On the other hand there's no program out there that DJ's for you. Sure sync and search are game changers, personally i think the second more than the first but I am coming from a club perspective not really a turntableist. I mean anyone who played vinyl a few years could pretty much beat match in their sleep unless there was some monitoring/sound issue at the club. But being able to search and carry 2k+ tunes - absolute game changer.

    The thing is you still have to know what song to play next. No software is going to pick the track for you and with that much material it is almost harder now than it ever was when you just dug through your crate. And while sync and cue points def get the track playing easier and faster than a tone arm, you still have to get the phrasing right, know when to kick the bass over, know when to pull a track out of the mix without losing energy, and generally how to construct a diverse set of music that flows and keeps people live.

  5. #15
    Tech Guru mostapha's Avatar
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    Cost of my digital audio collection if it were records bought new at any point since I started Djing: >$6000

    Cost of my Current DJ/Production Setup:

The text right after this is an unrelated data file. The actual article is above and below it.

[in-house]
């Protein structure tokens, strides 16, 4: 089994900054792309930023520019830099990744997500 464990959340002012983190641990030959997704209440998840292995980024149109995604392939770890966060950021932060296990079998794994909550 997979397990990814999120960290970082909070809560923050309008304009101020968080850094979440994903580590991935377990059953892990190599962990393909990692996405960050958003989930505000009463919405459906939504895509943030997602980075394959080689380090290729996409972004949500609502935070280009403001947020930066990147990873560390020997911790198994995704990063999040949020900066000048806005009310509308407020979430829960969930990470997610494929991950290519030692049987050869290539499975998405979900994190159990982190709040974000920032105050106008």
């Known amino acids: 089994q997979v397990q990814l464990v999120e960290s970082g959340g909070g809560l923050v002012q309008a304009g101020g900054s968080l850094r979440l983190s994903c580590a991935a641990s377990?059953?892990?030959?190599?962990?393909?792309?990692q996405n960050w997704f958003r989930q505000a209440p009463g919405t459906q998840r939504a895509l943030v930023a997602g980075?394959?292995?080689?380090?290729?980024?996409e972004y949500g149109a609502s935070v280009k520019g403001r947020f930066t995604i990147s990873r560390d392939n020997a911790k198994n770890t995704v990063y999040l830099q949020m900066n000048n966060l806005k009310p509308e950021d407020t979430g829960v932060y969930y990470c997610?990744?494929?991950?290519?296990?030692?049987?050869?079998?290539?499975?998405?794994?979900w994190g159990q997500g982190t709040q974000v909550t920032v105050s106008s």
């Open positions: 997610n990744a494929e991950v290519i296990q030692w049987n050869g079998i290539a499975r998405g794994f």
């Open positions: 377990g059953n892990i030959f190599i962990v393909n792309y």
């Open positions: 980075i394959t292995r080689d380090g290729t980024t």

• Macbook Pro: $1400
    • Mercury Extreme Pro SSD 6G: $400
    • Audio 2: $100
    • Pair of X1s: $400
    • Traktor Pro 2 upgrade from LE: $140
    • DJing Music in Digital Formats: $~1400
    • Used Xone:62: $425
    • KRK RP5s: $400


    And just for good measure:
    • Logic Express 9: $200
    • Maschine: $600
    • Random Accessories: $150
    • Furniture: $150


    Total for Digital DJin and Production including music: $4665

    The vinyl setup I would spin with if purchased today:
    • 3x 1210 m5g: $4000
    • 3x Shure Whitelabel: $270
    • Rane Empath Rotary: $1000
    • Total: $5270 + $6000 in music makes $11,270


    That's a lot of money for keeping it real and not being able to produce.

    Want to look at just the production side?

    Current:
    • Macbook Pro: $1400